Where is your climate change plan? Liberal ministers ask Scheer
The House of Commons resumed sitting on Monday for what’s set to be an intense session before Parliament adjourns for the last time before the federal election will be called, and the governing Liberals came out swinging bright and early against Conservative Leader Andrew Scheer.
Environment and Climate Change Minister Catherine McKenna and Finance Minister Bill Morneau began their day criticizing their main opponent for his lack of a climate plan. Meanwhile, Scheer was elsewhere on the Hill doing the same over the government’s approach to current trade tensions with China.
At issue specifically for the Liberal ministers: Scheer’s lack of a climate change plan, despite his consistent attacks on the government’s imposition of a federal price on carbon — up to $50 per excess tonne by 2022 — in provinces who don’t implement their own. The federal Conservatives say the government’s plan is little more than a “tax grab.”
It was exactly a year ago, on April 29, 2018 during a sit-down interview on CTV’s Question Period, Scheer said that he would be unveiling a climate plan ahead of the 2019 election that will meet the Paris targets without a carbon tax.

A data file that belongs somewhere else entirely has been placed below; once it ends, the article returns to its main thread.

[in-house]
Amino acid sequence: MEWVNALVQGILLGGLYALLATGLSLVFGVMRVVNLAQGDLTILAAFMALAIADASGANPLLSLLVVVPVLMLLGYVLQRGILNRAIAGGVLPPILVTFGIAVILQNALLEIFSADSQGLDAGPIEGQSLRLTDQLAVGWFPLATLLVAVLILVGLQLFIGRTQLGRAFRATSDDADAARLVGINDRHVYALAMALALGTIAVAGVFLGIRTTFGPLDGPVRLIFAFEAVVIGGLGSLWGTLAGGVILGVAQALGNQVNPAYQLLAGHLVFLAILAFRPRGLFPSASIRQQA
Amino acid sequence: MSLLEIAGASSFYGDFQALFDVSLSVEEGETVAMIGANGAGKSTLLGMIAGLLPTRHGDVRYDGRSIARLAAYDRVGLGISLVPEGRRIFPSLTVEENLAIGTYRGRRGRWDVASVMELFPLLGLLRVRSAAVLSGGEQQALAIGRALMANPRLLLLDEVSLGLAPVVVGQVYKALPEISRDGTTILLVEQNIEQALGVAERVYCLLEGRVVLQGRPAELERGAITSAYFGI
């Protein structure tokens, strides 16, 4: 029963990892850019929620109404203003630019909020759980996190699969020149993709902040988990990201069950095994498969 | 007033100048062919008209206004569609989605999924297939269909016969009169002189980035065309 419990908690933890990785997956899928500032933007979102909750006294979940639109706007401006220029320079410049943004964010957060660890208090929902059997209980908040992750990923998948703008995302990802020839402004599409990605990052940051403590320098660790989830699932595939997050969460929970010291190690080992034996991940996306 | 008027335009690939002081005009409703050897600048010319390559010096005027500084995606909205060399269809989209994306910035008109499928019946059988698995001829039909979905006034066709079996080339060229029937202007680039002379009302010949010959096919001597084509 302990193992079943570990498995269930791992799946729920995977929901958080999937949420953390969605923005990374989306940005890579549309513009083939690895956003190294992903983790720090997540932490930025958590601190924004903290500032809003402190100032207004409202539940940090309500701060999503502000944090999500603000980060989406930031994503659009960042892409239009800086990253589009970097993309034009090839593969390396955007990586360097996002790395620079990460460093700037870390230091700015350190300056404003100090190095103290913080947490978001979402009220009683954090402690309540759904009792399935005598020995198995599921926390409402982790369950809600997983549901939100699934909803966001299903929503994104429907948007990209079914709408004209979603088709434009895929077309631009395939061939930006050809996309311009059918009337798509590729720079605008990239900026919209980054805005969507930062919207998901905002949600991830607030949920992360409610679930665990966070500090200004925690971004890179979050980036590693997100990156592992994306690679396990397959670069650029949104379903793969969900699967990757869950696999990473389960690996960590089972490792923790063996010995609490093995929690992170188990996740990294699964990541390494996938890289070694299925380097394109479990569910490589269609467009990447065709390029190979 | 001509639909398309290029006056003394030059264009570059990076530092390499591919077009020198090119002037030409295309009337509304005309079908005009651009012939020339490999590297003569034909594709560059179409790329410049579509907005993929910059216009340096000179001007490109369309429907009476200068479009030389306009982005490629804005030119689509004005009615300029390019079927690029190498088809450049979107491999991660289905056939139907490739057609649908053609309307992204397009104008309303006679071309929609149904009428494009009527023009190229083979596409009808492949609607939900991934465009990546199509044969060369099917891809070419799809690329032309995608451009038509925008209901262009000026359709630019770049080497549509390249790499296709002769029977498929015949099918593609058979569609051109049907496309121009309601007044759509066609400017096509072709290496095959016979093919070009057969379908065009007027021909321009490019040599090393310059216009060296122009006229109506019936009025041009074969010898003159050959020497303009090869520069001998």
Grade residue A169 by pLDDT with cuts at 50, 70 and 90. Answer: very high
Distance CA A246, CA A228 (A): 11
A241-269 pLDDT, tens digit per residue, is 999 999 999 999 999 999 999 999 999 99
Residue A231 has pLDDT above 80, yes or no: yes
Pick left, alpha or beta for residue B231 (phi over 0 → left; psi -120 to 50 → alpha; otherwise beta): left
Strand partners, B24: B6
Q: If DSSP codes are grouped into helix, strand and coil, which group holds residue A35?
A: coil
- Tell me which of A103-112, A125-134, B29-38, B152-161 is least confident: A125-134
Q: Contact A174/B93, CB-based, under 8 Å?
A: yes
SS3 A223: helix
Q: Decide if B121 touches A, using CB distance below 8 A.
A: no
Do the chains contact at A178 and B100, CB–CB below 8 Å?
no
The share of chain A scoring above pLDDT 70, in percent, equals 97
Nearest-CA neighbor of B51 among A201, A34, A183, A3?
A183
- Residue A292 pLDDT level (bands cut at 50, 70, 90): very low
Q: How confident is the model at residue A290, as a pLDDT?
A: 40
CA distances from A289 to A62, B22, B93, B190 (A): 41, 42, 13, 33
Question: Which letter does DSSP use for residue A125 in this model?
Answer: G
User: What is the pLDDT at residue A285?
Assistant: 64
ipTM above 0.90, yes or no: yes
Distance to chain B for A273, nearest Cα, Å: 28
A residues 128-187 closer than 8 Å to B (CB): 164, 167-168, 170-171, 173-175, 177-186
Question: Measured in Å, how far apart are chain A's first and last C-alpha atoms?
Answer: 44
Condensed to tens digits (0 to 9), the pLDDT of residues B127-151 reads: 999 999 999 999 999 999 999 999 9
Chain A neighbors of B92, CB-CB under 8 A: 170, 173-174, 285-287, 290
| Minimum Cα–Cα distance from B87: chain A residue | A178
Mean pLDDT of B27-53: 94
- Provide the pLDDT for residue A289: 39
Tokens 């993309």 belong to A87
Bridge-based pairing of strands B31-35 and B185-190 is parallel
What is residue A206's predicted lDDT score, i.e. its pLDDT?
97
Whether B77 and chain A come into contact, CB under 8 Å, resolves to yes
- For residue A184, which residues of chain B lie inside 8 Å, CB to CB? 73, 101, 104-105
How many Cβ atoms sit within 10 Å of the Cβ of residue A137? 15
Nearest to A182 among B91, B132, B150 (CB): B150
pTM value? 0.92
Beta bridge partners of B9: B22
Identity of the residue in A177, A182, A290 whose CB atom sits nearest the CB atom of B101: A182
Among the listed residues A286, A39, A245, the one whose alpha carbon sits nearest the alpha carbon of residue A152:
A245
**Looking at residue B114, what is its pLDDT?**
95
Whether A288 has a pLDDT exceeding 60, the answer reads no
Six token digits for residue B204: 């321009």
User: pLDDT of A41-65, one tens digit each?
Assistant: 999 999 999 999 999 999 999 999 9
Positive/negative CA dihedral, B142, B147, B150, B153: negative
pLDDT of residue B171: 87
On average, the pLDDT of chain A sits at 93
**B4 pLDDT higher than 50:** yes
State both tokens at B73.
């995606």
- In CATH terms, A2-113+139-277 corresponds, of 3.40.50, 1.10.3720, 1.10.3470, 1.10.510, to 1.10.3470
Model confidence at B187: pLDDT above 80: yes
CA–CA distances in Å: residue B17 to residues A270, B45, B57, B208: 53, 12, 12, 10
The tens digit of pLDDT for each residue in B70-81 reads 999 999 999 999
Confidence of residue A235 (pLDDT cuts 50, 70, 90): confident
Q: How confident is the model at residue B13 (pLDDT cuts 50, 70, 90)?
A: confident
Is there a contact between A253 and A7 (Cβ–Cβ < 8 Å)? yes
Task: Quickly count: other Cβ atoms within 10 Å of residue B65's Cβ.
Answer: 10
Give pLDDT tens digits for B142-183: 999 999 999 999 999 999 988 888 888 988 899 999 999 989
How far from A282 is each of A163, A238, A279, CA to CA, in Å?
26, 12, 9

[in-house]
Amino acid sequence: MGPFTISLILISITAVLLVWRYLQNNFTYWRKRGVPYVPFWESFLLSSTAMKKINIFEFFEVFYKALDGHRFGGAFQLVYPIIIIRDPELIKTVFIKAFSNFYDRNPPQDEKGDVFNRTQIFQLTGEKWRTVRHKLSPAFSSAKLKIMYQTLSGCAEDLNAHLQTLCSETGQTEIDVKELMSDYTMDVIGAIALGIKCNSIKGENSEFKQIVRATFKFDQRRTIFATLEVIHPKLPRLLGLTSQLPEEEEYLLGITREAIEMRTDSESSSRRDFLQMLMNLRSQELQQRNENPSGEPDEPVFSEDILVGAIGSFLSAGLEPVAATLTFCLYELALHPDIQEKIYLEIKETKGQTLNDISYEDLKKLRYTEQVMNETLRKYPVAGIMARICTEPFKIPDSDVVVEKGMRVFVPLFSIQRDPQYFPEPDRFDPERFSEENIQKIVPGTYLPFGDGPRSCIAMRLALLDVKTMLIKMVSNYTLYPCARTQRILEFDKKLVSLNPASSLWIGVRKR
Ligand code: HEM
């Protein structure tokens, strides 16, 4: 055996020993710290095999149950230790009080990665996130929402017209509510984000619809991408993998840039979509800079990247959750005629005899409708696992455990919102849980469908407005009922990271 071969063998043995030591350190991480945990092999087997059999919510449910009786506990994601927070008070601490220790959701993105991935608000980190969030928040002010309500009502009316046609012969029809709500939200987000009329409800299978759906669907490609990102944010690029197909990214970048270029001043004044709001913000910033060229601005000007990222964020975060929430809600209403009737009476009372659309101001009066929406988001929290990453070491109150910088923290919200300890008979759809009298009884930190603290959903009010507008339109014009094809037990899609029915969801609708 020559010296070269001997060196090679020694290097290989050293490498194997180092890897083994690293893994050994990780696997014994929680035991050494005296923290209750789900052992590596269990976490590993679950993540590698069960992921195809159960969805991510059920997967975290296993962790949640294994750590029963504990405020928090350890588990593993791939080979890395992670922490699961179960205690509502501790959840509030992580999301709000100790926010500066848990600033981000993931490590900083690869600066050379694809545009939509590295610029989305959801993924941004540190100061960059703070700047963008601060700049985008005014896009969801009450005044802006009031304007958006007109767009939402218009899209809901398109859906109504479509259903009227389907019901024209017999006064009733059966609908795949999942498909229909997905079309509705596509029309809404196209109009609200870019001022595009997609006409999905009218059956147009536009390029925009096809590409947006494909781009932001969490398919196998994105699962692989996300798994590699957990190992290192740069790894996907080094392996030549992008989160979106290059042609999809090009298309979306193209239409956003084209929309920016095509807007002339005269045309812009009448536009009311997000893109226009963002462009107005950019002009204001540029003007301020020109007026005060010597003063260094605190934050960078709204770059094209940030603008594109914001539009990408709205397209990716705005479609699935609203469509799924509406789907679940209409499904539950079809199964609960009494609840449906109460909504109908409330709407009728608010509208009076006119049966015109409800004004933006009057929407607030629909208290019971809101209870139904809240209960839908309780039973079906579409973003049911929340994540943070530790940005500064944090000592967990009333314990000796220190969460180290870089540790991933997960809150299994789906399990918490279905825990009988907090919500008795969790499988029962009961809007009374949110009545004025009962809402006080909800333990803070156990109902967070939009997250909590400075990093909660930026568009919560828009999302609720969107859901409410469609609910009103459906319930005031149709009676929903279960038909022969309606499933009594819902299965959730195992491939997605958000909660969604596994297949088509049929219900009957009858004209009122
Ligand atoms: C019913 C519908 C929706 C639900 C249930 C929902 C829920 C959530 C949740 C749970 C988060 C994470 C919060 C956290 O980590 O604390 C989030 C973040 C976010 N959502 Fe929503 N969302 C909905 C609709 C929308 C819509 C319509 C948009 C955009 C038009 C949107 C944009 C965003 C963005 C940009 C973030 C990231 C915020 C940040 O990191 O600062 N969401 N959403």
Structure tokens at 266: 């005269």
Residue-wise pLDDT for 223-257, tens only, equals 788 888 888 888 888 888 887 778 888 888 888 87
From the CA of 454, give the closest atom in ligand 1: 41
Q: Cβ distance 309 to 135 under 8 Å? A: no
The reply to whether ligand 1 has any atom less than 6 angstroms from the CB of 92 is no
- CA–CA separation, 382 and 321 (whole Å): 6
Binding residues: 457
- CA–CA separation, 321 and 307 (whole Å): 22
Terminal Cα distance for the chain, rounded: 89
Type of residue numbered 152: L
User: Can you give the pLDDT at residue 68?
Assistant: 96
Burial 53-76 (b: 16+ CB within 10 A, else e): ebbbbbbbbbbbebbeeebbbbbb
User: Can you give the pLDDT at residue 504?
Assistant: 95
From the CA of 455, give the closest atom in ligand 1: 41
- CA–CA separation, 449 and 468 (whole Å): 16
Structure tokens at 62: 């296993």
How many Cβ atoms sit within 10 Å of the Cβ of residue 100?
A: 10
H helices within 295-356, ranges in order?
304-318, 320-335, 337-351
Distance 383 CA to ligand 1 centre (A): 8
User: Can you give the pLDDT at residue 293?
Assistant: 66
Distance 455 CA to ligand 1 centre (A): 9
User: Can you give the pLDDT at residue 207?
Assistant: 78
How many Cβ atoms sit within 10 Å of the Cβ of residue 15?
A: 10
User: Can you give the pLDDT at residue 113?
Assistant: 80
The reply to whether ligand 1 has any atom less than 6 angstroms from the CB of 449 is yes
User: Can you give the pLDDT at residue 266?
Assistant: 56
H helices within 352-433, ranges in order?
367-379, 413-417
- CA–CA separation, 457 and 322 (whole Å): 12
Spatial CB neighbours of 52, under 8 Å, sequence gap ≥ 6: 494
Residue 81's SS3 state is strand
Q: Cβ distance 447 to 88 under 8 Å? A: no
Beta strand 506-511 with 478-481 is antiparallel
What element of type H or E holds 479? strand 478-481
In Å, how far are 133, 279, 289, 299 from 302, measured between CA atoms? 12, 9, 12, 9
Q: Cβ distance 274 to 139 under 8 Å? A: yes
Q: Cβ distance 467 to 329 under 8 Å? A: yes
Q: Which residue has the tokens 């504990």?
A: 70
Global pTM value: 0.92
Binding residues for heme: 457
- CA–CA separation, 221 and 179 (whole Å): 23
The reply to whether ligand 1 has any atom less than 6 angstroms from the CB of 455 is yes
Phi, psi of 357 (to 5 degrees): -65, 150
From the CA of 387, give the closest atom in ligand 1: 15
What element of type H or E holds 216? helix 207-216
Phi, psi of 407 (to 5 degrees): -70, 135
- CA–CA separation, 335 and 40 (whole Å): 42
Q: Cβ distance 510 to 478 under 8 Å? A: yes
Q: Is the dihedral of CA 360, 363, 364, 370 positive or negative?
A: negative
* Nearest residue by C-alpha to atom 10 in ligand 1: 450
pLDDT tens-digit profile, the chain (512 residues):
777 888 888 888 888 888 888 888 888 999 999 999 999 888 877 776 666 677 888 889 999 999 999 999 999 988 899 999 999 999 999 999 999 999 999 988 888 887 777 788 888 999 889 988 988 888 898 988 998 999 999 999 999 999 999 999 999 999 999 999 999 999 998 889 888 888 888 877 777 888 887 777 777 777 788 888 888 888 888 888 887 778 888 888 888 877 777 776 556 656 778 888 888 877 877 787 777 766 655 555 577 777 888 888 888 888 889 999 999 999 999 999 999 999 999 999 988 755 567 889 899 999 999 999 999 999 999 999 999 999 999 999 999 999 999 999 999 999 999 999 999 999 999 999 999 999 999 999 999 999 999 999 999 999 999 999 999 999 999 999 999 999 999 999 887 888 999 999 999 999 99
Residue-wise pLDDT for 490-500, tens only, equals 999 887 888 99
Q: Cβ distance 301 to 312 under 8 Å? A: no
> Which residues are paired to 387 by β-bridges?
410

Asked whether the plan will meet the UN targets for combating climate change, otherwise known as Paris Agreement, Scheer said “of course.”
The Paris agreement sets out an international plan to limit global warming to below two degrees.
“I will unveil a plan that reaches the targets that we have already voted in favour of,” Scheer said at the time.
In June 2017, Scheer and his caucus voted in support of the Canadian government implementing the Paris Agreement, stating it was in the best interest of Canadians and recognizing that climate change is a global issue.
Though, eight months later it was on CTV’s Question Period again where he walked back that promise. He could not commit that his plan would mean the targets, instead he said his plan would have “meaningful reductions.” (Source: CTV News)